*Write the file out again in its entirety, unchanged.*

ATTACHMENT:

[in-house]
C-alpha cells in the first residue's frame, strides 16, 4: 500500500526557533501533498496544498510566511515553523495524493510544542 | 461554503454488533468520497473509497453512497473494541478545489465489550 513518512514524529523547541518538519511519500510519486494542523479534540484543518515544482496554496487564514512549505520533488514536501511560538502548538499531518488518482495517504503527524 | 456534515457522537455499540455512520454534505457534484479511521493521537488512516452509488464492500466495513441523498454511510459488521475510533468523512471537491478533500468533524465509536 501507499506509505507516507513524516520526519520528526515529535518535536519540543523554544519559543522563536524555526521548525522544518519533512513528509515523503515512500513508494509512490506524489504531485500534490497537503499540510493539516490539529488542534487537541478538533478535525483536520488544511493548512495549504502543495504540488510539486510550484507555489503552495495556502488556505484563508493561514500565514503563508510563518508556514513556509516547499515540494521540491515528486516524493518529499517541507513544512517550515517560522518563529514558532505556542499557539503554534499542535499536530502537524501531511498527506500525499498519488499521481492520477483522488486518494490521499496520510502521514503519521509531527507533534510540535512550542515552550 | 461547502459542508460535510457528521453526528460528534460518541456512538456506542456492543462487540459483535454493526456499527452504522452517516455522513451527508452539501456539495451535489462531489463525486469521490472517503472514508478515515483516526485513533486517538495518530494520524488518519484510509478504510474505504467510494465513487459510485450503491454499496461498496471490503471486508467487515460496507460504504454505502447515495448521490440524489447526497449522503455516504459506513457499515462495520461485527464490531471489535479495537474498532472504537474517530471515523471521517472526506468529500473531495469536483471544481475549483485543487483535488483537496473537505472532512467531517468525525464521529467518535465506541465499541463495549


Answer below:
[in-house]
C-alpha cells in the first residue's frame, strides 16, 4: 500500500526557533501533498496544498510566511515553523495524493510544542 | 461554503454488533468520497473509497453512497473494541478545489465489550 513518512514524529523547541518538519511519500510519486494542523479534540484543518515544482496554496487564514512549505520533488514536501511560538502548538499531518488518482495517504503527524 | 456534515457522537455499540455512520454534505457534484479511521493521537488512516452509488464492500466495513441523498454511510459488521475510533468523512471537491478533500468533524465509536 501507499506509505507516507513524516520526519520528526515529535518535536519540543523554544519559543522563536524555526521548525522544518519533512513528509515523503515512500513508494509512490506524489504531485500534490497537503499540510493539516490539529488542534487537541478538533478535525483536520488544511493548512495549504502543495504540488510539486510550484507555489503552495495556502488556505484563508493561514500565514503563508510563518508556514513556509516547499515540494521540491515528486516524493518529499517541507513544512517550515517560522518563529514558532505556542499557539503554534499542535499536530502537524501531511498527506500525499498519488499521481492520477483522488486518494490521499496520510502521514503519521509531527507533534510540535512550542515552550 | 461547502459542508460535510457528521453526528460528534460518541456512538456506542456492543462487540459483535454493526456499527452504522452517516455522513451527508452539501456539495451535489462531489463525486469521490472517503472514508478515515483516526485513533486517538495518530494520524488518519484510509478504510474505504467510494465513487459510485450503491454499496461498496471490503471486508467487515460496507460504504454505502447515495448521490440524489447526497449522503455516504459506513457499515462495520461485527464490531471489535479495537474498532472504537474517530471515523471521517472526506468529500473531495469536483471544481475549483485543487483535488483537496473537505472532512467531517468525525464521529467518535465506541465499541463495549